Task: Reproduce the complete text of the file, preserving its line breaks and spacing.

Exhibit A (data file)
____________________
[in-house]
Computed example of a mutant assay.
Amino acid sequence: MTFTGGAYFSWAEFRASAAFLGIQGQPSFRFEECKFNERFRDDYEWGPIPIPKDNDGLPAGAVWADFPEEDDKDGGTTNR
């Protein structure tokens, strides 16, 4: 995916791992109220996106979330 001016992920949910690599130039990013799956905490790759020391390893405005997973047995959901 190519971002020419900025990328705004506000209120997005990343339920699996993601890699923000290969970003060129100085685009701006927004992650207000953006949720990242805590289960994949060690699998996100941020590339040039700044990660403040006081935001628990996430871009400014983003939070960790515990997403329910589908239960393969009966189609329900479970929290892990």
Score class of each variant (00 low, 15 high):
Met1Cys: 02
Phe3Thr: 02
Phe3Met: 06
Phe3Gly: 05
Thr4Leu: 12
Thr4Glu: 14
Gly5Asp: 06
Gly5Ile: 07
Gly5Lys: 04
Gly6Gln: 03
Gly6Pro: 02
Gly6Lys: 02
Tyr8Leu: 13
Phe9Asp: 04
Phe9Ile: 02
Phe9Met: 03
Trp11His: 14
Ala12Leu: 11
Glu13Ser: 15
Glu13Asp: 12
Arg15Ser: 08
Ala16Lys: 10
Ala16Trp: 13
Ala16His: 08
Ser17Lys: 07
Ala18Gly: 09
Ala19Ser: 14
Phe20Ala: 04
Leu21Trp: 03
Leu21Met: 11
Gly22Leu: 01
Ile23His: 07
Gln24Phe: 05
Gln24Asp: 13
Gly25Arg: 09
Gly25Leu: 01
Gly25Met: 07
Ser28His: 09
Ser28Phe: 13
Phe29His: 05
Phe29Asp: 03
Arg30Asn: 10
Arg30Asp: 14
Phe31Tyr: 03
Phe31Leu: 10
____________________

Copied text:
[in-house]
Computed example of a mutant assay.
Amino acid sequence: MTFTGGAYFSWAEFRASAAFLGIQGQPSFRFEECKFNERFRDDYEWGPIPIPKDNDGLPAGAVWADFPEEDDKDGGTTNR
């Protein structure tokens, strides 16, 4: 995916791992109220996106979330 001016992920949910690599130039990013799956905490790759020391390893405005997973047995959901 190519971002020419900025990328705004506000209120997005990343339920699996993601890699923000290969970003060129100085685009701006927004992650207000953006949720990242805590289960994949060690699998996100941020590339040039700044990660403040006081935001628990996430871009400014983003939070960790515990997403329910589908239960393969009966189609329900479970929290892990």
Score class of each variant (00 low, 15 high):
Met1Cys: 02
Phe3Thr: 02
Phe3Met: 06
Phe3Gly: 05
Thr4Leu: 12
Thr4Glu: 14
Gly5Asp: 06
Gly5Ile: 07
Gly5Lys: 04
Gly6Gln: 03
Gly6Pro: 02
Gly6Lys: 02
Tyr8Leu: 13
Phe9Asp: 04
Phe9Ile: 02
Phe9Met: 03
Trp11His: 14
Ala12Leu: 11
Glu13Ser: 15
Glu13Asp: 12
Arg15Ser: 08
Ala16Lys: 10
Ala16Trp: 13
Ala16His: 08
Ser17Lys: 07
Ala18Gly: 09
Ala19Ser: 14
Phe20Ala: 04
Leu21Trp: 03
Leu21Met: 11
Gly22Leu: 01
Ile23His: 07
Gln24Phe: 05
Gln24Asp: 13
Gly25Arg: 09
Gly25Leu: 01
Gly25Met: 07
Ser28His: 09
Ser28Phe: 13
Phe29His: 05
Phe29Asp: 03
Arg30Asn: 10
Arg30Asp: 14
Phe31Tyr: 03
Phe31Leu: 10